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Broadcast delay isn't the only thing keeping Bill Simmons' HBO show in the past

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Any Given Wednesday is getting better fast, but it still has major problems

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Jordin Althaus / HBO

This past given Wednesday, time was not on Bill Simmons’ side. When the former ESPN columnist decided to devote this week’s episode of his ballyhooed HBO talk show Any Given Wednesday to two major sports topics, he couldn’t have imagined the conversation surrounding both topics changing drastically just as the episode was hitting the air.

Simmons brought in Black-ish's Anthony Anderson and NBA star Chris Bosh for a smart, energetic discussion about the results of NBA free agency, a worthy back-and-forth that completely ignored the breaking news sweeping the internet at the time. Dwyane Wade, Bosh’s friend and teammate on the Miami Heat, was choosing to leave the only professional team he’d ever known for a new deal with the Chicago Bulls. Simmons had a primetime slot and unfettered access to one of the only people on the planet who could talk about Wade’s decision with a unique perspective, and he couldn’t do anything about it: the show had been taped hours before Wade made the call.

And if that wasn’t enough, the chunks of time Simmons spent on this weekend’s UFC 200 were soured when fighter Jon Jones was yanked from the event for a possible doping violation, news that broke just an hour after Any Given Wednesday aired. Every show that tapes segments in advance in 2016 takes similar risks, but you don’t often have the chance to watch an episode slide into irrelevance in real time.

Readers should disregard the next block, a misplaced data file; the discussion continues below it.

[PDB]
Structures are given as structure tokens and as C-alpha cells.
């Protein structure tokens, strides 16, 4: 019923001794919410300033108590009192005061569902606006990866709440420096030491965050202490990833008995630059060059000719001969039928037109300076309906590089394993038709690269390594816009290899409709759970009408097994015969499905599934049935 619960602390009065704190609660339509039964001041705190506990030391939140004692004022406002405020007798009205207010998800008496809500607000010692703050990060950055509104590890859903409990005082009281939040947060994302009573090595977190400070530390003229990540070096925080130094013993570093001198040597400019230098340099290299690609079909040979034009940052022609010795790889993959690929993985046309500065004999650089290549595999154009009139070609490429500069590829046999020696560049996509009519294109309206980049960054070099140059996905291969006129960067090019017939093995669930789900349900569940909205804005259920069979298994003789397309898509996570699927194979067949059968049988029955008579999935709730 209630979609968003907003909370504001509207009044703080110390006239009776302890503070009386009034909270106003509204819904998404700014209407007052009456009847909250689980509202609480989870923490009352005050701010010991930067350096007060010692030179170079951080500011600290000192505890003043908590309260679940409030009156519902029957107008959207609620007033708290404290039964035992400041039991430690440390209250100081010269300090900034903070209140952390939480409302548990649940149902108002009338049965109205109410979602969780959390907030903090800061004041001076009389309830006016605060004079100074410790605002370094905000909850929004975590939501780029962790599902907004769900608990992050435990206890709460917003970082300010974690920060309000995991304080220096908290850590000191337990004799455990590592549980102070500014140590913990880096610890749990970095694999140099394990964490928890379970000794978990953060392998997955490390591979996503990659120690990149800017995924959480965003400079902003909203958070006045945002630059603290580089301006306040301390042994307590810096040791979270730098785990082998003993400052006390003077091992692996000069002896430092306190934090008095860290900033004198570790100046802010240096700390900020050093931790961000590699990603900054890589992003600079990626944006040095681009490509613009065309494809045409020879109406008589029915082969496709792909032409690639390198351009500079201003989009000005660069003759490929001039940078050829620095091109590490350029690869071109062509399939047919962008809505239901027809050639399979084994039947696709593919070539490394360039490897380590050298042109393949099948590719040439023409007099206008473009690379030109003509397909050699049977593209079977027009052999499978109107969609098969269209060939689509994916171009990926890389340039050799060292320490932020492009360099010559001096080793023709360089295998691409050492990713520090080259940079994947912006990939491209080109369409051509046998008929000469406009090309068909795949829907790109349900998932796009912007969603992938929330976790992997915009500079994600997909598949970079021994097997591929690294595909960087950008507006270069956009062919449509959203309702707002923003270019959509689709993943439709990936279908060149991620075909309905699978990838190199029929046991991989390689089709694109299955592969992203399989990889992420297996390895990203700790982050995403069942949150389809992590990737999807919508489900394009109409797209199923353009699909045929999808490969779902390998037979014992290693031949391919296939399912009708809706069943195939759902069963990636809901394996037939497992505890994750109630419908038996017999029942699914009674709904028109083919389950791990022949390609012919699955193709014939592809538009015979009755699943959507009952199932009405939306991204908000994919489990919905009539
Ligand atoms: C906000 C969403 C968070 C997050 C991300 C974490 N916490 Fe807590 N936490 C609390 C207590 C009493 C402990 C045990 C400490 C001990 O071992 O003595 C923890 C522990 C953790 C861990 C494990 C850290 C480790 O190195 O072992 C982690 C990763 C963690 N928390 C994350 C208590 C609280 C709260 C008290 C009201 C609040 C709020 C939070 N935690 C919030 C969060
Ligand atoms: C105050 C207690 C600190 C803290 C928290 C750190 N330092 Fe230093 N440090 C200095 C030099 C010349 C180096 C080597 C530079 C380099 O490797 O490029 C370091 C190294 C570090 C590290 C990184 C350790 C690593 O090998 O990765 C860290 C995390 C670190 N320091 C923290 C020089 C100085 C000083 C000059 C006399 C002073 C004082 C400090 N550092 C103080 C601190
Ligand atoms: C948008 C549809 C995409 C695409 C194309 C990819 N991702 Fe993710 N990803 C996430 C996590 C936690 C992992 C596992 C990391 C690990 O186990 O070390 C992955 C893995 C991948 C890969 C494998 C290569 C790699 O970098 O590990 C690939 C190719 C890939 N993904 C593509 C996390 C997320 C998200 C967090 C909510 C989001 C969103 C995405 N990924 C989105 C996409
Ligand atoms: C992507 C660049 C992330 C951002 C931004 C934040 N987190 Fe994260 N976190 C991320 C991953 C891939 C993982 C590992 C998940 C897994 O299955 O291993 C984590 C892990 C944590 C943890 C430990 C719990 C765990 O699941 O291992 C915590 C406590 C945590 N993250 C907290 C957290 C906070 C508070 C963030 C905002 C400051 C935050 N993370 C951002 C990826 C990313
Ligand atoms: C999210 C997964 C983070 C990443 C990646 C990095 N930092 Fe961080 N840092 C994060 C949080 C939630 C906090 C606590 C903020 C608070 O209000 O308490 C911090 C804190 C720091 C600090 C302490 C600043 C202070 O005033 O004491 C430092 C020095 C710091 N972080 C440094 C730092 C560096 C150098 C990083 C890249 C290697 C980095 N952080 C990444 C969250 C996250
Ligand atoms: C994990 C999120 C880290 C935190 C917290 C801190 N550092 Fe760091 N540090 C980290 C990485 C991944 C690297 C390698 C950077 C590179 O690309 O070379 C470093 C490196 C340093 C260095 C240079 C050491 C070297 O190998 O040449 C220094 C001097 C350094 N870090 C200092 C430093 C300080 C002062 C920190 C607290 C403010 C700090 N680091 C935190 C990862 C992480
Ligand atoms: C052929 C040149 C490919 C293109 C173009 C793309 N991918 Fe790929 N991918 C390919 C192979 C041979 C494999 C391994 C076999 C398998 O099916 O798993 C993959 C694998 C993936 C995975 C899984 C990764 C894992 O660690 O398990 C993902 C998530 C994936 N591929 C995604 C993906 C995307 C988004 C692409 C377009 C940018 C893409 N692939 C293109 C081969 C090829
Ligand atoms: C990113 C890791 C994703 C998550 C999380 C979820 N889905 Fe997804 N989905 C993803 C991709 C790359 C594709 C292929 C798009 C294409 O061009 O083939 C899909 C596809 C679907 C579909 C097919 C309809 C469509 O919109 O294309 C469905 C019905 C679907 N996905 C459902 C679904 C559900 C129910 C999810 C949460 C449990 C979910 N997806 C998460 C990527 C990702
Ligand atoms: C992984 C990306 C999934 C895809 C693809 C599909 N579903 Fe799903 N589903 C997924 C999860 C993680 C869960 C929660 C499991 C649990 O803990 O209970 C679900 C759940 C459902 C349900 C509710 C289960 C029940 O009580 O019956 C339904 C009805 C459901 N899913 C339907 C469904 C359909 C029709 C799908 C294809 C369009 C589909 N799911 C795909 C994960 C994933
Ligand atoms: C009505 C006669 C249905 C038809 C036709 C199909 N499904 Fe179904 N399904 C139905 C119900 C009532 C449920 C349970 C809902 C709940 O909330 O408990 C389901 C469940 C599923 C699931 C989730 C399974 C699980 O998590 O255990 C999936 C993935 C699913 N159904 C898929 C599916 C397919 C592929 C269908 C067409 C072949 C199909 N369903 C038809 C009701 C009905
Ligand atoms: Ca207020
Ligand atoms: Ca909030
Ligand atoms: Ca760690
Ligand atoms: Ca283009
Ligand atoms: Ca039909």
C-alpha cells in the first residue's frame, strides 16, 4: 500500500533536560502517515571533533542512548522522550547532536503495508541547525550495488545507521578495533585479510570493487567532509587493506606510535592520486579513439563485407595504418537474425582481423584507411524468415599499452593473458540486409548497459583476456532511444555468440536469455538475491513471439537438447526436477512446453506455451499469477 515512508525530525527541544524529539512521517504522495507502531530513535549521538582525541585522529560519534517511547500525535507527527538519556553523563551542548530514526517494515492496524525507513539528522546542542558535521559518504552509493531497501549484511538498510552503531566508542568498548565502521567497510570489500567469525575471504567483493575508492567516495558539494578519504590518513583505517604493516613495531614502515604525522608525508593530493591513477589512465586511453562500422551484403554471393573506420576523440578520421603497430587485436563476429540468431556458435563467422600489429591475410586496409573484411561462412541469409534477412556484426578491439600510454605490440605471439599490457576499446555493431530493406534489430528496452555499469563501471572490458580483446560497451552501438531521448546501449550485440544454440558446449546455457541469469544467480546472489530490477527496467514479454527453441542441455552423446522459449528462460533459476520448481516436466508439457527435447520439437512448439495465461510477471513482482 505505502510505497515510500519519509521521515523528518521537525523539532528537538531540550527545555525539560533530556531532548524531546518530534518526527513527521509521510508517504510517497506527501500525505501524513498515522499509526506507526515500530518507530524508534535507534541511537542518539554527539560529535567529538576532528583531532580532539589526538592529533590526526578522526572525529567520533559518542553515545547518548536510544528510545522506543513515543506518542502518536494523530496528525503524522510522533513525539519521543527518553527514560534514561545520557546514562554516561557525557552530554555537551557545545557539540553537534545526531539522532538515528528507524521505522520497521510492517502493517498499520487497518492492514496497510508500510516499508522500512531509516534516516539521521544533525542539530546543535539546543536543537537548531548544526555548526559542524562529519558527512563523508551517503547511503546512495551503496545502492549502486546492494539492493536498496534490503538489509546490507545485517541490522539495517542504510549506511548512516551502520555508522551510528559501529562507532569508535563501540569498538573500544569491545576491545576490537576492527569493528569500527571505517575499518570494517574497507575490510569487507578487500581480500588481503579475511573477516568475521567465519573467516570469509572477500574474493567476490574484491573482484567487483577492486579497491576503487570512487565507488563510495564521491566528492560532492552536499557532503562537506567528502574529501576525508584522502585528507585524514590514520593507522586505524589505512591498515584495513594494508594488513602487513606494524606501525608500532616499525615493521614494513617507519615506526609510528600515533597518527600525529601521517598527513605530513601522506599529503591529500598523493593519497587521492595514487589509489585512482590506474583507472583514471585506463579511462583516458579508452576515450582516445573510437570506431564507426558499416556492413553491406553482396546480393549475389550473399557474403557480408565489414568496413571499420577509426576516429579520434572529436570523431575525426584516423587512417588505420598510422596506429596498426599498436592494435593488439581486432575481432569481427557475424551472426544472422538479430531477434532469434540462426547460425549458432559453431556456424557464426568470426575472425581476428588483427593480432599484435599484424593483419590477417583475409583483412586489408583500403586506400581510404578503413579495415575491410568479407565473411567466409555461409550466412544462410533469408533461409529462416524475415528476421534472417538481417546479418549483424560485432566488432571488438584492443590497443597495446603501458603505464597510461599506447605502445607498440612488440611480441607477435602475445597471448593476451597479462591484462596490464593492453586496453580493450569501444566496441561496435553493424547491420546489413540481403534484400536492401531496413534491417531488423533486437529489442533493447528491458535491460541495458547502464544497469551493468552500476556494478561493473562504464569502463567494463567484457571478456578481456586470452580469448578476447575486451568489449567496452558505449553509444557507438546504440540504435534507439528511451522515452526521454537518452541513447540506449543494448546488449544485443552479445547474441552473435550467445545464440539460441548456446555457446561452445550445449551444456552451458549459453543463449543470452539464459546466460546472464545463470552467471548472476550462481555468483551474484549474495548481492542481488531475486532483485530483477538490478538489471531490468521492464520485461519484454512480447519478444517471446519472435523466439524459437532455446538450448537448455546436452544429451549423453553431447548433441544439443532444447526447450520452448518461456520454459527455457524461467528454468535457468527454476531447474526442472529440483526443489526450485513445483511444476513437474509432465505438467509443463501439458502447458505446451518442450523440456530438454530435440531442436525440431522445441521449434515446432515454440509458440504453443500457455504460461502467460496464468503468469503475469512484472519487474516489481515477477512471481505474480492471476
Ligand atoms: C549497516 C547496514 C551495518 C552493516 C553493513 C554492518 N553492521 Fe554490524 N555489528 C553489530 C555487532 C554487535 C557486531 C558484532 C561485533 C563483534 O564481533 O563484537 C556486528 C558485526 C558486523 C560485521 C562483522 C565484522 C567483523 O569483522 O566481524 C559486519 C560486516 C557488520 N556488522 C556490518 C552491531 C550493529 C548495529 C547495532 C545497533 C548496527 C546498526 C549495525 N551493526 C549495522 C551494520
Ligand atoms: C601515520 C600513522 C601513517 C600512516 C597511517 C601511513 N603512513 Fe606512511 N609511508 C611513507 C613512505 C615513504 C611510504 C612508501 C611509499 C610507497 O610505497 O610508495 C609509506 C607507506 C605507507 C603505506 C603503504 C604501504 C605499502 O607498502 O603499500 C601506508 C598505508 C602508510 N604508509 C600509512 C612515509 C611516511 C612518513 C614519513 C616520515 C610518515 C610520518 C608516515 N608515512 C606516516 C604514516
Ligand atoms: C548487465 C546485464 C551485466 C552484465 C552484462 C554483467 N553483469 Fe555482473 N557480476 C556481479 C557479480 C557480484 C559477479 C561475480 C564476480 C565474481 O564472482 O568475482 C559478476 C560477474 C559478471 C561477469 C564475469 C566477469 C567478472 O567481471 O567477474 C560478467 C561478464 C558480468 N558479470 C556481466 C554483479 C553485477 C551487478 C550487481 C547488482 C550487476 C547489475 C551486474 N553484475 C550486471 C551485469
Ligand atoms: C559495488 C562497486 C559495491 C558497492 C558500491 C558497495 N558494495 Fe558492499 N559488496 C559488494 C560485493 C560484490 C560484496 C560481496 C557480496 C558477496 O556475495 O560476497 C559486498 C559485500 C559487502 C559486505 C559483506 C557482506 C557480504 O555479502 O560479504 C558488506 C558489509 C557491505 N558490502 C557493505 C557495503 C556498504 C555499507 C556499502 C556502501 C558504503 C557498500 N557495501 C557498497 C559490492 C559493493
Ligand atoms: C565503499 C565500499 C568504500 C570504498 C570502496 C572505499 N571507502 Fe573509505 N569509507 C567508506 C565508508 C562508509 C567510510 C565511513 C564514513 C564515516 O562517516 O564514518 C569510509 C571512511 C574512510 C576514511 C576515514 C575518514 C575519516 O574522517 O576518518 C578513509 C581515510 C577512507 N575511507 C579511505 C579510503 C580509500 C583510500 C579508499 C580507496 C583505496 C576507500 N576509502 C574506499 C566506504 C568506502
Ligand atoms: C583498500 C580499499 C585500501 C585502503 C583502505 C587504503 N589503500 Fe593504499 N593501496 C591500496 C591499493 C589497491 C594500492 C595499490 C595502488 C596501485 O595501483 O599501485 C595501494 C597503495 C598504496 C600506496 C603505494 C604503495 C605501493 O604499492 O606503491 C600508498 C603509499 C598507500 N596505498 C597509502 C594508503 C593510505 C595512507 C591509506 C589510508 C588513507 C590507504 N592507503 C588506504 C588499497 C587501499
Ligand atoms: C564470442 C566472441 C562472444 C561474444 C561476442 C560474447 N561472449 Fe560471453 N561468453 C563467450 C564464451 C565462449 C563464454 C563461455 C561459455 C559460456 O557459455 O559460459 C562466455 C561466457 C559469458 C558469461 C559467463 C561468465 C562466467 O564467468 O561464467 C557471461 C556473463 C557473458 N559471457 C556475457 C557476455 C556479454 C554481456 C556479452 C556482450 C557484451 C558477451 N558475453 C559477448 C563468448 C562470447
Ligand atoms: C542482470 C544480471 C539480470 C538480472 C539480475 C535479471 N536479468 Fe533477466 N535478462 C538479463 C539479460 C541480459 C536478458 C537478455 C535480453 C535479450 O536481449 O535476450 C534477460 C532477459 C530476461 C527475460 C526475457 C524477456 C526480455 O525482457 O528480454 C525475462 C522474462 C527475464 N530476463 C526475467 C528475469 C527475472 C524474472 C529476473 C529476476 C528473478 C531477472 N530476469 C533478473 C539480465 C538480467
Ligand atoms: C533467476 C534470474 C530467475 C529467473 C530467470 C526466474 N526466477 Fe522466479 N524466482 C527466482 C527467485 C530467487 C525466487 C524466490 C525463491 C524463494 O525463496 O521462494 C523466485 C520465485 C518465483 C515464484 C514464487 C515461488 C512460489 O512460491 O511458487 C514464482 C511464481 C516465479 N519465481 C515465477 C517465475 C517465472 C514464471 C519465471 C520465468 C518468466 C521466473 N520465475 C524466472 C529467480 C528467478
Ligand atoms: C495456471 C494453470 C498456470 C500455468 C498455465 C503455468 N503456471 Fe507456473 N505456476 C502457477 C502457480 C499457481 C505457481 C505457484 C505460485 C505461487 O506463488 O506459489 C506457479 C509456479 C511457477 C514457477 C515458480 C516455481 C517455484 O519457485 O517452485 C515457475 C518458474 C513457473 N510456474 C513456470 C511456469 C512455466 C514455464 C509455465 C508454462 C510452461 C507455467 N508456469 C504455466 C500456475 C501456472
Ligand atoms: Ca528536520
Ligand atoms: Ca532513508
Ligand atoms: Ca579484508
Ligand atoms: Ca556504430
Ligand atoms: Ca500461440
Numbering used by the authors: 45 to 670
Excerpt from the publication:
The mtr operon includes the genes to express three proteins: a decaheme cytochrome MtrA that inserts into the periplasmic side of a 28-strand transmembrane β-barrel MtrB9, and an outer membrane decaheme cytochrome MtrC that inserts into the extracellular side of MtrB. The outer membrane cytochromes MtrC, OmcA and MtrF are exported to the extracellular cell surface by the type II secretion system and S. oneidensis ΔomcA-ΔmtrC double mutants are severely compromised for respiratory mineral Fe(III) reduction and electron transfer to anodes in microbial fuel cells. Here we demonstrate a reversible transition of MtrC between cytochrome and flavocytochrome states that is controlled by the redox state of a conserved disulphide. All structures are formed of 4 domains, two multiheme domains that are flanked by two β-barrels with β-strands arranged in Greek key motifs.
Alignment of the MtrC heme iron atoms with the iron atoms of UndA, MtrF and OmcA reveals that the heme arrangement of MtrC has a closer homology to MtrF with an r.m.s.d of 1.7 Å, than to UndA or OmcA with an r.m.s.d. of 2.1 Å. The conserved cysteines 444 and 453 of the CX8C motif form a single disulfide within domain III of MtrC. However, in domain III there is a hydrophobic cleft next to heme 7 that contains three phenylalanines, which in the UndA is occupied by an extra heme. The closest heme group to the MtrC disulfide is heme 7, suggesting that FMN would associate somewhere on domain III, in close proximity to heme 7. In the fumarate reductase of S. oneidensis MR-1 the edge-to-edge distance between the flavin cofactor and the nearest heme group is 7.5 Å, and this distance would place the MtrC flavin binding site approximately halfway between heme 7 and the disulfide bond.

Simmons can console himself with the fact that Any Given Wednesday has already improved in leaps and bounds from its debut last month, an abject failure that was ultimately overshadowed by the breathless, frothing Ben Affleck rant that served as its centerpiece. Every inch of virtual real estate devoted to Affleck’s alarmingly shiny visage and bubbling rage over the NFL’s Deflategate scandal was space that could’ve been devoted to a show that was otherwise stilted, hacky, and devoid of rhythm. The critics tasked with covering it didn’t pull any punches: Slate deemed it "a real dog’s breakfast," and TIME’s Daniel D’Addario kicked off a sharp, ruthless pan by noting, "it’s hard to believe… Bill Simmons is the sort of figure who evokes strong emotions." There was nowhere to go but up.

"We have the bones of something I really like"

Simmons is smart and experienced enough to know Any Given Wednesday would almost certainly start on the wrong foot. He’s a devoted scholar of host-driven late night shows, and his comedic sensibilities were largely shaped by people like David Letterman; he spent a year and a half writing for Jimmy Kimmel’s show in its infancy, a period Kimmel compared to "drowning without actually being in water;" he’s built documentary series and high-quality publications from the ground up. He knows the only remedy for growing pains is patience, and that’s why he spent so much time and energy managing expectations before his show’s premiere, a strategy he recycled from Grantland’s launch half a decade earlier. ("I think we have the bones of something I really like," said Simmons on a June 24th episode of The Bill Simmons Podcast. "We’ll know by episode 10 what the format is for good. Right now, we’re gonna try some things.")